Tagged: Boston University School of Public Health
Study Finds Socioeconomic Status Linked to Weight Gain and Risk of Obesity in African American Women
Contact: Gina DiGravio, 617-638-8480, firstname.lastname@example.org
(Boston) – Socioeconomic status across one’s lifetime is related to weight gain and risk of obesity in African American women, according to a new study led by researchers from the Slone Epidemiology Center at Boston University. These findings currently appear online in the journal Ethnicity & Disease.
The researchers followed 23,601 African American women under the age of 55 from 1995 to 2009. These women were participants in the Black Women’s Health Study, a follow-up study of the health of African Americans conducted by the Slone Epidemiology Center. The women provided information on their education, the education of their parents and updated information on their own weight over the follow-up period.
The researchers found that women whose parents had not completed high school gained more weight and more often became obese in adulthood than women who had a parent with a college degree. “However, if the woman herself had completed college, she was not at higher risk of obesity regardless of her parents’ educational level,” explained lead author Patricia Coogan, DSc, senior epidemiologist at the Slone Epidemiology Center and associate professor of epidemiology at the Boston University School of Public Health.
According to the researchers, low levels of parental and current education were associated with greater weight gain and higher obesity risk. However, over a lifetime, women at the highest level of current education (college graduate) had the lowest weight gain and risk of obesity regardless of their parents’ educational achievement. Current educational level of “some college” did not provide the same protective effect on weight gain and obesity risk.
“Our results suggest that women who were disadvantaged in childhood, as indicated by low level of parental education, have greater weight gain as adults, but this tendency can be largely overcome if the woman herself has a high level of education,” said Coogan. “A high level of education may be a marker of more access to healthy food and other factors that influence weight gain,” she added.
Funding for this study was provided by the National Cancer Institute.
Contact: Gina Orlando, (617) 638-8490, email@example.com
(Boston) – Researchers from the Boston University School of Medicine (BUSM) and Boston University School of Public Health (BUSPH) have conducted a study on a modified version of the Short Inventory of Problems (SIP) to help promote early intervention and treatment for patients with drug use in primary care. The findings, which validate this modified version of the SIP in a primary care setting, will appear online in the American Journal on Addictions in the March issue.
The SIP, originally designed to measure the health and social consequences of alcohol use, was adapted to create the SIP-Drug Use (SIP-DU) to assess the consequences of drug use. The SIP-DU is intended to be used by primary care physicians who can identify and intervene with drug users years before they have medical complications or seek treatment.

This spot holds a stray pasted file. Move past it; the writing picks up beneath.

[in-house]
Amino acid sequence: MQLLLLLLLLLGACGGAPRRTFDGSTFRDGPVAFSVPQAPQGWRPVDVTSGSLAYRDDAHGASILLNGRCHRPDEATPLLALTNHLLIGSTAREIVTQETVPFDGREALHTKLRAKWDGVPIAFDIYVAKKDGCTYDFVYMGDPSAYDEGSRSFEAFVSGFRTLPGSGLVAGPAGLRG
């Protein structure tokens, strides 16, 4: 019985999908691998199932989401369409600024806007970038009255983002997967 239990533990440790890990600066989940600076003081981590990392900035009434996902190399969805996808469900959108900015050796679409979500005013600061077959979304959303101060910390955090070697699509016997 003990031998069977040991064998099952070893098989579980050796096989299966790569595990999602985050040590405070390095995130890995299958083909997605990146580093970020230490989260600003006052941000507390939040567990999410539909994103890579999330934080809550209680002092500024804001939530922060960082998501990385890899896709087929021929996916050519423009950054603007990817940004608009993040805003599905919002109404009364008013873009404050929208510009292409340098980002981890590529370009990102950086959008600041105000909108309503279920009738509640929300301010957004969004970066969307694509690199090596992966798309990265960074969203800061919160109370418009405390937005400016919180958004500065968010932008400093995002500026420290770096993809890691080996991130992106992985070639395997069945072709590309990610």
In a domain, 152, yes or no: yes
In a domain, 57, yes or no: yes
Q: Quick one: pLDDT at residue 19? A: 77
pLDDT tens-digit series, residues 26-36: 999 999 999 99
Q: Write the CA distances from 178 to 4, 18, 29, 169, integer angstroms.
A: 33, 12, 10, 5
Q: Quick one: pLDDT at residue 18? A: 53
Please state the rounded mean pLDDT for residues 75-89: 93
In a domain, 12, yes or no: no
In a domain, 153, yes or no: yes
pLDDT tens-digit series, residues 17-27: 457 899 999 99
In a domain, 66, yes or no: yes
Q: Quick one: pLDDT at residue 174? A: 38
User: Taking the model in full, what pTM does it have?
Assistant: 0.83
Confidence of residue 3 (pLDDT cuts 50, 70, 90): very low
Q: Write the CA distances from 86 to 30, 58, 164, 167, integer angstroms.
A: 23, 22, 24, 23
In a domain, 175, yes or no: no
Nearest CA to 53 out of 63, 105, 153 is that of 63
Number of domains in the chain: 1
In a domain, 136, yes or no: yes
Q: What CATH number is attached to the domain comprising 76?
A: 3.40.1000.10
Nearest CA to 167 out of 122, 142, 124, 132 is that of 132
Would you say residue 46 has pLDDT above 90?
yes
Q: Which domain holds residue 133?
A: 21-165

In the study, 106 patients from a primary care clinic at Boston Medical Center were assessed using questions from the SIP-DU. The results suggest that the SIP-DU is a valid measure of drug use consequences and compares favorably to other SIP versions. In addition, the study indicates that the SIP-DU is a brief and time-efficient screening method that could be useful in a primary care setting.
“The SIP-DU is important because there is currently a lack of validated substance use instruments available for use in primary care; most have been developed and used in specialty care settings,” said lead author, Donald Allensworth-Davies, PhD, MSc, research manager of the Data Coordinating Center at BUSPH. “In the current climate of health reform and efforts to integrate substance use and medical care, tools like this are greatly needed.”
According to the researchers, the purpose of this study was to validate a version of the SIP that can be used in a primary care setting for drug use consequences. When a patient is identified as using drugs, it is important to know whether they have any consequences so that any advice, counseling or referral to help the patient can be done appropriately. The researchers have used this tool in an innovative program that integrates medical, mental health and addiction care in a primary care setting.
Today starting at 9AM , leading experts will debate heathcare ideas and others as part of the 2010 William J. Bicknell Lectureship in Public Health at the Boston University School of Public Health. This year’s topic is “Controlling Healthcare Costs: Your Money or Your Life?” featuring lecturer David Cutler. Panelists include Alice Coombs, M.D. President of the Massachusetts Medical Society; William C. Van Faasen, CEO of Blue Cross Blue Shield of Massachusetts; and Kate Walsh, M.P.H. President and CEO of the Boston Medical Center. The event will take place at 670 Albany Street on the Medical Campus.